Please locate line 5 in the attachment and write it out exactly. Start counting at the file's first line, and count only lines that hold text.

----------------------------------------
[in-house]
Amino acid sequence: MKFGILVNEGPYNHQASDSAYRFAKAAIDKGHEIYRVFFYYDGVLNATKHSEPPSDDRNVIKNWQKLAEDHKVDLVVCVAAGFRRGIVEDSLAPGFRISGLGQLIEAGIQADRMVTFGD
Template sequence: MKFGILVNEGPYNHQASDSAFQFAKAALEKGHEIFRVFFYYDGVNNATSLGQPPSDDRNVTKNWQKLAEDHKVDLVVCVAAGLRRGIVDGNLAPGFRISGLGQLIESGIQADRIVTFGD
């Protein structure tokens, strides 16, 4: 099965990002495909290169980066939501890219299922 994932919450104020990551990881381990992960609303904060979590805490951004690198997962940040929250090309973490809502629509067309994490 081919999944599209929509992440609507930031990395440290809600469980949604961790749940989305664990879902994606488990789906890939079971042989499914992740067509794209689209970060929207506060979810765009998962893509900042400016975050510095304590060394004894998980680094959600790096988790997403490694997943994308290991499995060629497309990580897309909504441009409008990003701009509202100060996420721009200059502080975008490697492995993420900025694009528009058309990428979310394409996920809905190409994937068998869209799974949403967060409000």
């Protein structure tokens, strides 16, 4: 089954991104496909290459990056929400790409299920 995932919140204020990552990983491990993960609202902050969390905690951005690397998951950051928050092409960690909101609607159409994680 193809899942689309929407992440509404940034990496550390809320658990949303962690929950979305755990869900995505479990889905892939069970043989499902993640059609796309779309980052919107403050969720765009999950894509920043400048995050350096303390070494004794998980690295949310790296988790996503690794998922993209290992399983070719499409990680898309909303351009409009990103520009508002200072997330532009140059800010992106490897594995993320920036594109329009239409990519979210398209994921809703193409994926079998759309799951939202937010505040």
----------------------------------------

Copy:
């Protein structure tokens, strides 16, 4: 089954991104496909290459990056929400790409299920 995932919140204020990552990983491990993960609202902050969390905690951005690397998951950051928050092409960690909101609607159409994680 193809899942689309929407992440509404940034990496550390809320658990949303962690929950979305755990869900995505479990889905892939069970043989499902993640059609796309779309980052919107403050969720765009999950894509920043400048995050350096303390070494004794998980690295949310790296988790996503690794998922993209290992399983070719499409990680898309909303351009409009990103520009508002200072997330532009140059800010992106490897594995993320920036594109329009239409990519979210398209994921809703193409994926079998759309799951939202937010505040």